Instructional Video

Prompted to Go World-Wide

The number of requests we’ve received from people to make the Little Prompter available around the world is fantastic . . . and humbling.  Thanks to everyone from Slovenia to New Zealand and from Switzerland to New York!  While we’re already selling Little Prompters on our website and through Amazon.com, we’re also working with re-sellers overseas to make the Little Prompter more easily accessible globally.  Until then, anyone anywhere can now order a Little Prompter at www.littleprompter.com/order-now!

LP 3x3 Simple Tool Logo on BLUE EUROPE_Now Shipping Anywhere

 

Instructional Video

The Little Prompter & Your iPad

Most ipads and tablets have a great built-in camera. The Little Prompter can slide neatly over your ipad, so the camera can look through the Little Prompter’s glass. You still need a smart device with a teleprompter app to rest on the Little Prompter’s tray, and be able to stand your ipad up, but the Little Prompter is defintely able to help you have a flawless delivery using your ipad or tablet!

Here’s another shot of it from the side:
LP on iPad Sideview Dining Room Table_for web

Instructional Video

Who should be on camera in your Instructional Video?

Effective instructional videos can vary in style.  This short video, inspired by an Arizona State University study, reveals preferences and effectiveness in two different styles:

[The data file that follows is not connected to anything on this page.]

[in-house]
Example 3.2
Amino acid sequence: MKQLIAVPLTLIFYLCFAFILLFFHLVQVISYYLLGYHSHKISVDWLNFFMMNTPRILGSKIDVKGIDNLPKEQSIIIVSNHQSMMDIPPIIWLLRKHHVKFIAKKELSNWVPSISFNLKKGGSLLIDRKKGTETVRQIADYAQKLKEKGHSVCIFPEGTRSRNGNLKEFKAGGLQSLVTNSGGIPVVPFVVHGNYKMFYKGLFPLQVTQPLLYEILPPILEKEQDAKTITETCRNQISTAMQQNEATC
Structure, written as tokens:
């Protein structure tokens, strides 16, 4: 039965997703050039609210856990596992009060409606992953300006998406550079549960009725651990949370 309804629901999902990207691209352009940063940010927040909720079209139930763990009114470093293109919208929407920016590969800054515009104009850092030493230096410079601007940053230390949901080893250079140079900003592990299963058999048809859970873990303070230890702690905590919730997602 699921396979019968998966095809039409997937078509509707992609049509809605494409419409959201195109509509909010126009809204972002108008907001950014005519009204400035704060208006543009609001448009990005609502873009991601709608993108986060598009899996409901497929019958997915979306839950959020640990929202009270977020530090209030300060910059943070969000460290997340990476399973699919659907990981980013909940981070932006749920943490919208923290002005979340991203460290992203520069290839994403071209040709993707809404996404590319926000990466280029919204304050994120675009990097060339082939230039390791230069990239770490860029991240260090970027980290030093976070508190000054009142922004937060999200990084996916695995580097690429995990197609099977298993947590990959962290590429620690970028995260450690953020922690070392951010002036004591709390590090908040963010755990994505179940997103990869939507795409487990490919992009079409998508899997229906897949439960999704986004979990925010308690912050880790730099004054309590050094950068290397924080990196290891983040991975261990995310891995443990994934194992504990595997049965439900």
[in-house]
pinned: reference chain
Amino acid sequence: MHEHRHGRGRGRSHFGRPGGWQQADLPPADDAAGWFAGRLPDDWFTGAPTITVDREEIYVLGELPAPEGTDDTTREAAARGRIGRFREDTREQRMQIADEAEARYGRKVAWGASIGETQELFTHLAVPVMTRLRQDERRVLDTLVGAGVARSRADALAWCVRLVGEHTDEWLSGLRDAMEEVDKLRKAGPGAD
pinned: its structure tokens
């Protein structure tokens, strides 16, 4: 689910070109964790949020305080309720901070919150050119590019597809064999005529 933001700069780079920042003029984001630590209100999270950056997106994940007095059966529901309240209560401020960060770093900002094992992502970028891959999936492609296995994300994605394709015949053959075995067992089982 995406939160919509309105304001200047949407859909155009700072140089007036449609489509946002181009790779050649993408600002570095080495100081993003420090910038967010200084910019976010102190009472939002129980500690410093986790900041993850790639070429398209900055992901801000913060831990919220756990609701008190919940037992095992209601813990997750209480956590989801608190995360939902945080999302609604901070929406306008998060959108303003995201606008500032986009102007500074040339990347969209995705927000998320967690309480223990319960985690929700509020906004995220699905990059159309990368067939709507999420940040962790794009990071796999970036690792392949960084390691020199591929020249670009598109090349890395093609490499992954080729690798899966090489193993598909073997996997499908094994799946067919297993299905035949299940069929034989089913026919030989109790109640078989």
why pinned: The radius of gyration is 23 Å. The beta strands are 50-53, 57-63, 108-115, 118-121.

1. Should you teach to the camera/viewer or
  2. Should you teach a student who is also on camera and film that interaction?

This video featuring Dann Hurlbert, Carleton College’s Media & Design Guru succinctly recaps a 2018 study from ASU’s Katelyn M Cooper, Lu Ding, Michelle Stephens, Michelene T. H. Chi, and Sara E Brownell.  And, you bet, Dann used a Little Prompter to ensure a flawless delivery.

*this blog post was originally posted on Carleton College’s Academic Technology Blog

Instructional Video

Facing Instructional Videos

In my role at Carleton College, I work directly with faculty to help them plan, produce, and evaluate darn-good instructional videos.  One topic that often comes up is “should I include my face in the video?”  My gut answer is . . . “yes.”  Various studies indicate videos with faces are preferred by students, and any chance we have to help students enjoy their learning, the better.  Here’s a short video that brings all that research together into a single, easily consumable nugget:

And for those interested in keeping up with Academic Technology at Carleton, here’s our blog.  http://blogs.carleton.edu/academictechnology